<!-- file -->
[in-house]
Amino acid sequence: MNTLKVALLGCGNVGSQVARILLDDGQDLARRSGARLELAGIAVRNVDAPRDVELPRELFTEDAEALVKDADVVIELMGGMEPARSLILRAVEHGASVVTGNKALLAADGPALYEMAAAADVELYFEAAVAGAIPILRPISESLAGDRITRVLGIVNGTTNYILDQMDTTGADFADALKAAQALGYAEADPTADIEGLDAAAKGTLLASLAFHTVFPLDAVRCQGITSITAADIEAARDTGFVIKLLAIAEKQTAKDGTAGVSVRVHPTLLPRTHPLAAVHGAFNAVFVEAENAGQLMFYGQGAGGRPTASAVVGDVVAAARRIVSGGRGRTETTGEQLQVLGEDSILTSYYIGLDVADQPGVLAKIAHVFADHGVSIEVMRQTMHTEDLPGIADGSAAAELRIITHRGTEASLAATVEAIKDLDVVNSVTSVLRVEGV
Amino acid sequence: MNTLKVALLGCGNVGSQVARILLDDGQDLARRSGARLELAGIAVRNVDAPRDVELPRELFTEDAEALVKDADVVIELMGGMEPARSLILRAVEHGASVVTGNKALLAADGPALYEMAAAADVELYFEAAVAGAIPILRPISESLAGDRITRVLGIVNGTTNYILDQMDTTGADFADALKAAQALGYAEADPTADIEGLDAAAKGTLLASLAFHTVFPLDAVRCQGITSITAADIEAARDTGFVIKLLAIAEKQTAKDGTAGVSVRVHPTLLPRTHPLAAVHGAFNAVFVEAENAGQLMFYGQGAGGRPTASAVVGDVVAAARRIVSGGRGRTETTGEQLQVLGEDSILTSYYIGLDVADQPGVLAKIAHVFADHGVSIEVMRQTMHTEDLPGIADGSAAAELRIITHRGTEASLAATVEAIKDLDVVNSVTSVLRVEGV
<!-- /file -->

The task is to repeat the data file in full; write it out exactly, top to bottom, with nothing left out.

[in-house]
Amino acid sequence: MNTLKVALLGCGNVGSQVARILLDDGQDLARRSGARLELAGIAVRNVDAPRDVELPRELFTEDAEALVKDADVVIELMGGMEPARSLILRAVEHGASVVTGNKALLAADGPALYEMAAAADVELYFEAAVAGAIPILRPISESLAGDRITRVLGIVNGTTNYILDQMDTTGADFADALKAAQALGYAEADPTADIEGLDAAAKGTLLASLAFHTVFPLDAVRCQGITSITAADIEAARDTGFVIKLLAIAEKQTAKDGTAGVSVRVHPTLLPRTHPLAAVHGAFNAVFVEAENAGQLMFYGQGAGGRPTASAVVGDVVAAARRIVSGGRGRTETTGEQLQVLGEDSILTSYYIGLDVADQPGVLAKIAHVFADHGVSIEVMRQTMHTEDLPGIADGSAAAELRIITHRGTEASLAATVEAIKDLDVVNSVTSVLRVEGV
Amino acid sequence: MNTLKVALLGCGNVGSQVARILLDDGQDLARRSGARLELAGIAVRNVDAPRDVELPRELFTEDAEALVKDADVVIELMGGMEPARSLILRAVEHGASVVTGNKALLAADGPALYEMAAAADVELYFEAAVAGAIPILRPISESLAGDRITRVLGIVNGTTNYILDQMDTTGADFADALKAAQALGYAEADPTADIEGLDAAAKGTLLASLAFHTVFPLDAVRCQGITSITAADIEAARDTGFVIKLLAIAEKQTAKDGTAGVSVRVHPTLLPRTHPLAAVHGAFNAVFVEAENAGQLMFYGQGAGGRPTASAVVGDVVAAARRIVSGGRGRTETTGEQLQVLGEDSILTSYYIGLDVADQPGVLAKIAHVFADHGVSIEVMRQTMHTEDLPGIADGSAAAELRIITHRGTEASLAATVEAIKDLDVVNSVTSVLRVEGV